(Source: Jeanette’s health Living)
My guess is when you think of a fruit and yogurt parfait, your mind goes straight to the ones sold at McDonalds all day long. It does come in a small portion, but that is all it has going for it it. The trouble with it is the yogurt is sweetened, the fruit is far from fresh and comes in a syrupy sugary mash, not to mention the preservatives that go into keeping it from ‘freshly’ sellable for days at a time. You lose vitamins and nutrients when food sits, not to mention when the fruit mash is pasteurized. What you end up eating nothing more than caloric filler.
It is McDonald’s way of profiting on those working towards healthy lifestyles without actually being healthy. Much like many fast food places started to offer ‘healthier’ alternatives like salads and apple slices in the last few years. I once recall a fast food single salad which which was rated for 2 servings and containing more calories than a hamburger with all the fixings!
We go into these places out of convenience (or lack of choice) and they take advantage of that fact with foods that are cheaply filling, but ultimately harmful to our health. But these chains shouldn’t be solely to blame. We make the conscious decision to purchase their foods knowing it isn’t the best for our bodies. A little here and there happens. Sometimes we have no choice when out with friends, short lunch breaks, etc. For many unfortunately, it has become daily habit. It is a regular addiction they can’t say no to and the consequences are riddled throughout their bodies as obesity, acid reflux, diabetes, cardio-vascular problems. It may not be entirely visible, but their troubles are lurking beneath the surface, masked by medications and no one stepping in to provide an alternative.
In previous articles, I provided recipes for blue cheese and portebello grass-fed burgers, and baked sweet potato fries. To make this fast food alternative meal complete, I’m posting the recipe for Blueberry & Mango Yogurt Parfaits.
Here’s the recipe:
2/3 cup pecan halves or pieces, whichever you prefer
2 ripe mangoes, Ataulfo variety if possible (see above photo)
1 pint of blueberries (substitute if strawberries don’t bother your stomach or use a half & half mixture of the two)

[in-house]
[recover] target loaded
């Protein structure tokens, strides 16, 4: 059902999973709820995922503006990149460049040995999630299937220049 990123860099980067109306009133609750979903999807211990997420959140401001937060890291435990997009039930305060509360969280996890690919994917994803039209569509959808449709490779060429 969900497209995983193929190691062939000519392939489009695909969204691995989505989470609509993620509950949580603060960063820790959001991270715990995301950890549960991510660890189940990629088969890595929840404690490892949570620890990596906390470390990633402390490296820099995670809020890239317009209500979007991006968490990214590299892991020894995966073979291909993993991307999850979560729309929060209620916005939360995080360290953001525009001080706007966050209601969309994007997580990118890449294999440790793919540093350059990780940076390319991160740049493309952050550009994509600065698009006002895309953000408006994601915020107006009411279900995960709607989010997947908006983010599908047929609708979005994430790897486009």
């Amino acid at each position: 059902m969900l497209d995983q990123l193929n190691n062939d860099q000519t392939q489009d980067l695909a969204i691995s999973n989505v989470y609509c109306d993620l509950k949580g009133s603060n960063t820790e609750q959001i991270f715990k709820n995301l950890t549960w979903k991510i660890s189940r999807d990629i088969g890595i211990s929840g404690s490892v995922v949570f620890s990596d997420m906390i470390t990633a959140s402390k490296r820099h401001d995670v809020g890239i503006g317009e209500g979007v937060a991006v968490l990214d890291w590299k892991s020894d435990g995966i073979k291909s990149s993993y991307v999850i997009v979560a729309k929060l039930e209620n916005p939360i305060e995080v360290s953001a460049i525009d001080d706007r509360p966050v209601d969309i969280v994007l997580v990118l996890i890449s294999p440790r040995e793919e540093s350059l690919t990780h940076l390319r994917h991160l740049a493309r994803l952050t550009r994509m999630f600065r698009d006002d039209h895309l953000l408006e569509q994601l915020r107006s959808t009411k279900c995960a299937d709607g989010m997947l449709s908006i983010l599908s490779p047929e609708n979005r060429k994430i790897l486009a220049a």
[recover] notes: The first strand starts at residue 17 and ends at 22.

2 1/2 tablespoons demerara or turbindo sugar
1/2 teaspoons ground cinnamon
2 tablespoons unsweetened shredded coconut (optional)
1/2 teaspoon vanilla extract
The prep work:
Preheat the oven for 325 degrees Fahrenheit. Place the pecans on a baking tray (baking sheet optional), placing in a middle rack. Toast for 5-7 minutes until lightly browned. It’s best if you keep an eye on them carefully as heat varies from oven to oven. Not to mention each oven has a spot that’s warmer, which can result in burning.
A good way to test for this is with pieces of bread placed across the rack, toasting for 7-10 minutes. Where you see browner spots (top and bottom) is where you’re getting more heat.
You can also microwave the pecans on a plate for 45-60 seconds. Using a thick pan on the stove at medium heat would work as well, shaking every so often for 2-3 minutes. The smell of the pecans will change, which is when you’ll know they’re done toasting.
Let the pecans cool and and chop into course pieces.
Peel the mangoes and slice the flesh off the pit. A potato peeler works best. Dice the mangoes into 1/2 inch cubes, place in a mixing bowl. Stir in the blueberries, 1 tablespoon of sugar, all of the cinnamon, and all but 1 1/2 tablespoons of the pecans.
In another bowl, blend the yogurt, shredded coconut, the remaining sugar, and vanilla extract.
You’ll need 4 parfait glasses or wine glasses to layer the fruit and yogurt. Short of those, champagne classes or even ramekins. Start with a layer of yogurt and alternate with fruit. A couple spoonfuls of each should do the trick!
Finish off each glass with the remaining toasted pecans. Voila! A healthy dessert or snack if you halve the sugar, omit the vanilla, and add some toasted rolling oats.
A few additional notes I’d like to make:
The Fruit and nuts in this recipe are a great source of fiber as well as vitamins and antioxidents. They compliment each other quite beautifully! Yogurt is a probiotic, which means it contains good bacteria, which helps to aid in digestion. Doctors will suggest eating yogurt after a course of antibiotics, which can wipe out the natural flora in your digestive tract.
To make the drained goat’s milk yogurt, place the yogurt in a coffee filter over a strainer for an hour or so. What you will get will be a thicker, denser yogurt. The remaining liquid, known as whey, can be discarded. There is anecdotal evidence that whey can break down kidney stones.
Go with whatever mangoes you can find. Most supermarkets will carry the Tommy Atkins mango, which is softball size, green with red/orange markings. The Ataulfo (or manilla) mango I recommend is smaller, about the size of an avacado, all yellow or light yellow with a green tint. You can find these at Latino, Asian, and other ethnic market but their growing popularity is placing them in mainstream markets. When looking for a mango, you’ll want one that is firm, but not hard. A bright vibrant color with a slight give means it’s ripe. Soft or mushy means it’s overripe.
This recipe can easily be made with Tupperware for a snack at work and be made for a few days in advanced.
Palm sugar can be substituted for the above cane sugars. It has a lower glycemic index than either sugar.